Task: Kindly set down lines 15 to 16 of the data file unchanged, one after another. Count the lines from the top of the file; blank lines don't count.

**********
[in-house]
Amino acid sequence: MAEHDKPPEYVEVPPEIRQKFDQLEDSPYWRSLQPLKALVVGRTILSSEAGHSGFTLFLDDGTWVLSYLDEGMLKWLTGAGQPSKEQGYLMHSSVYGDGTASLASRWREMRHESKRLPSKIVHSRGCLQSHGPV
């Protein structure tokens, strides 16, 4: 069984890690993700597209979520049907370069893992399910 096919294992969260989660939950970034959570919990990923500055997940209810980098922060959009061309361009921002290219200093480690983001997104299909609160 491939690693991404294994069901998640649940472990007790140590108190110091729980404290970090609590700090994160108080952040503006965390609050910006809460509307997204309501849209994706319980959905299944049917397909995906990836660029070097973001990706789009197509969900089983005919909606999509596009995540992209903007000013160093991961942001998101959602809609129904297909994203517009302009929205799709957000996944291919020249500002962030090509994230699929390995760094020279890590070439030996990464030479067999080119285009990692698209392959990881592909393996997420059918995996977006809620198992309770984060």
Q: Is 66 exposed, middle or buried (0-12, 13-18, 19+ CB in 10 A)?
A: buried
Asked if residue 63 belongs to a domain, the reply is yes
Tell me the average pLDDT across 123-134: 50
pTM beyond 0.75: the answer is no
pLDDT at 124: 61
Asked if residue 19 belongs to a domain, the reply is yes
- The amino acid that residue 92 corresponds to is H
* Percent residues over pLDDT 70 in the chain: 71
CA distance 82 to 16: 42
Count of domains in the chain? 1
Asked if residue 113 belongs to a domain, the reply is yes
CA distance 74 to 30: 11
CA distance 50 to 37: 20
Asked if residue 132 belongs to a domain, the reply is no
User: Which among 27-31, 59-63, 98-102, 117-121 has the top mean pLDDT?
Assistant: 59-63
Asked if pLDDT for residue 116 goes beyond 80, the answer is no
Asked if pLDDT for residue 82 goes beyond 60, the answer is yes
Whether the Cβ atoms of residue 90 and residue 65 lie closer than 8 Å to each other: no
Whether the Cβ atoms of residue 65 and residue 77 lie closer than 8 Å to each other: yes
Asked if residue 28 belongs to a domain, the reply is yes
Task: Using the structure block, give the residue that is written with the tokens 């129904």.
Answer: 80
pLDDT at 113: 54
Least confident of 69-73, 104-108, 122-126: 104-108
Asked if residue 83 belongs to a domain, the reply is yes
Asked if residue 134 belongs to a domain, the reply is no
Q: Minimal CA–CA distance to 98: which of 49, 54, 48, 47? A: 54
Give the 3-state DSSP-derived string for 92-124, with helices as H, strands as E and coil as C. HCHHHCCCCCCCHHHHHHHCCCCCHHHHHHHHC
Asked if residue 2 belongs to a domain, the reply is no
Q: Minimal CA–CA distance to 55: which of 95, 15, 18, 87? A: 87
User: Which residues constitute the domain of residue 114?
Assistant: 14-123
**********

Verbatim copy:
Asked if residue 113 belongs to a domain, the reply is yes
CA distance 74 to 30: 11